‘Draw up an account of your stewardship’
Twenty-fifth Sunday in Ordinary Time (Year C)
In this reading for the 17th/18th September, we are not called to imitate the steward’s dishonesty, demonstrated both before and after his dismissal, but his shrewdness. Fr Adrian Graffy reflects.
1 Jesus said to his disciples, ‘There was a rich man and he had a steward who was denounced to him for being wasteful with his property. 2 He called for the man and said, “What is this I hear about you? Draw me up an account of your stewardship because you are not to be my steward any longer.” 3 Then the steward said to himself, “Now that my master is taking the stewardship from me, what am I to do? Dig? I am not strong enough. Go begging? I should be too ashamed. 4 Ah, I know what I will do to make sure that when I am dismissed from office there will be some to welcome me into their homes.”
5 ‘Then he called his master’s debtors one by one. To the first he said, “How much do you owe my master?” 6 “One hundred measures of oil” was the reply. The steward said, “Here, take your bond; sit down and write fifty.” 7 To another he said, “And you, sir, how much do you owe?” “One hundred measures of wheat” was the reply. The steward said, “Here, take your bond and write eighty.”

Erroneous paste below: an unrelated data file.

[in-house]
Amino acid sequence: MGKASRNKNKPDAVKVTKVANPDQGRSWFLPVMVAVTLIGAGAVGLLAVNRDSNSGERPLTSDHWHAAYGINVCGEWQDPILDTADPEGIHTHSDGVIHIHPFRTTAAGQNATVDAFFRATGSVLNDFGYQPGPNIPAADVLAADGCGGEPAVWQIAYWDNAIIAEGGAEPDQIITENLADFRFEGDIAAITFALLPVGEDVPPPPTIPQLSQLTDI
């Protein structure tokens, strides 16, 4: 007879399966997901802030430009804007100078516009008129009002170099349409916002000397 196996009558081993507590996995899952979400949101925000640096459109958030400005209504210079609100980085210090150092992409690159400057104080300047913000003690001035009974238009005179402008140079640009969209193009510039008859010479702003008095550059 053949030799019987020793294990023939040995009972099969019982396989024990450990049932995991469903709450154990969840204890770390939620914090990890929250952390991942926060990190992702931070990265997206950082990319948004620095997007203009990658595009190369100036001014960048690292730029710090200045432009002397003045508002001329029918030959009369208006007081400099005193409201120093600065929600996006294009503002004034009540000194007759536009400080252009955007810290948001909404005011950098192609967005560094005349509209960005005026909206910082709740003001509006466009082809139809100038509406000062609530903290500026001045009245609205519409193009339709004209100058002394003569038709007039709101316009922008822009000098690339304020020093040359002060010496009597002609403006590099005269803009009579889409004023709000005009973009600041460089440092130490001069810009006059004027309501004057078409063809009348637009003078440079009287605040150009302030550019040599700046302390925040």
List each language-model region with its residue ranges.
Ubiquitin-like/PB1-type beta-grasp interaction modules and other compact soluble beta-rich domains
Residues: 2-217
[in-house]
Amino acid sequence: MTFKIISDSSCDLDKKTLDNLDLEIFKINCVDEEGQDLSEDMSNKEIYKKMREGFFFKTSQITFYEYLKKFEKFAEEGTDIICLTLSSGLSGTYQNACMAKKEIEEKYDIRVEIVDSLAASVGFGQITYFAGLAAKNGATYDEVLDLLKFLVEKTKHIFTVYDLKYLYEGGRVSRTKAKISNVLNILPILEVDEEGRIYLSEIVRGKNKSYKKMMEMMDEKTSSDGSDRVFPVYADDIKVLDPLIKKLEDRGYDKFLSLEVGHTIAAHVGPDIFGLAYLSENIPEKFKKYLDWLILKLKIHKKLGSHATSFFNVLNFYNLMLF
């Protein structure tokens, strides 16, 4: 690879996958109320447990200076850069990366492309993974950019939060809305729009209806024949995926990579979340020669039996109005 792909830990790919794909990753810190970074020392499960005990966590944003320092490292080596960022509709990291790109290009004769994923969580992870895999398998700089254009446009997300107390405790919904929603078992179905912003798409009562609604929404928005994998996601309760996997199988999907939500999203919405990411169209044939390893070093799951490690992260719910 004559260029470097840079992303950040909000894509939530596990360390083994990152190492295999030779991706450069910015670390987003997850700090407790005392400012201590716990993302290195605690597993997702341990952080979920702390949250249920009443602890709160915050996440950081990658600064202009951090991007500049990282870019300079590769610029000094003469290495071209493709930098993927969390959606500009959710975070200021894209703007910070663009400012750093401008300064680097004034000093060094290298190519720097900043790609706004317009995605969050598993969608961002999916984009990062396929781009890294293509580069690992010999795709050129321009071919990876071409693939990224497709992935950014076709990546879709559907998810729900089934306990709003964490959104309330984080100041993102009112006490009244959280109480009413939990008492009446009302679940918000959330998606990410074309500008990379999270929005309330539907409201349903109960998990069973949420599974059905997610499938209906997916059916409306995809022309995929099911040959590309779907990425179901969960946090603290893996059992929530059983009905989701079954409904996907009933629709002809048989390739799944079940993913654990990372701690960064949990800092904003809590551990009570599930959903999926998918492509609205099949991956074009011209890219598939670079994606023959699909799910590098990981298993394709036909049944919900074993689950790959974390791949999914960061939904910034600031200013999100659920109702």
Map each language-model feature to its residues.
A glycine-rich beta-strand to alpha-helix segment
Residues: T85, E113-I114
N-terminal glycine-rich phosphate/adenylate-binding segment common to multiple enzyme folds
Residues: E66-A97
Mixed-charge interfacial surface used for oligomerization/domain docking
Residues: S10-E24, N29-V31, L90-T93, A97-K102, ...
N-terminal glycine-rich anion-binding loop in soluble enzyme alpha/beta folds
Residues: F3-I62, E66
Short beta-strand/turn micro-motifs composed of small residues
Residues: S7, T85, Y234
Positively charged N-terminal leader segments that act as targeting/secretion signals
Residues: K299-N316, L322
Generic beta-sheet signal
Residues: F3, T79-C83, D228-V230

8 ‘The master praised the dishonest steward for his astuteness. For the children of this world are more astute in dealing with their own kind than are the children of light.’
Other readings: Amos 8:4-7 Psalm 112 (113) 1 Timothy 2:1-8
The whole of the gospel reading for this Sunday, Luke 16:1-13, has not been given above, due to lack of space. The final verses have been omitted. You are invited to read verses 9-13 in your Bible or Sunday Missal.
The parable of the dishonest steward, with which the reading begins, is perhaps the most difficult of all the parables of Jesus. How could Jesus suggest to us as an example a man who is clearly dishonest? The answer to this question comes in verse 8, at the conclusion of the parable, when the steward’s master praises him ‘for his astuteness’. We are not called to imitate the man’s dishonesty, demonstrated both before and after his dismissal, but his shrewdness. The steward quickly grasps how desperate his situation is and immediately seeks a solution. Jesus challenges us to do the same.
The final verses, not given above, concern the proper use of money. They urge us to be trustworthy ‘in little things’ as well as great. We are challenged to be slaves of God, not of material things. Luke places these verses here to ensure we do not misunderstand the parable of the dishonest steward.
Do I really understand the urgency of the call of Jesus?
Am I willing to learn from ‘the children of this world’?
Let us pray that we may shake off our lethargy and behave as ‘children of the light’.
Let us resolve to be honest in little things as well as great.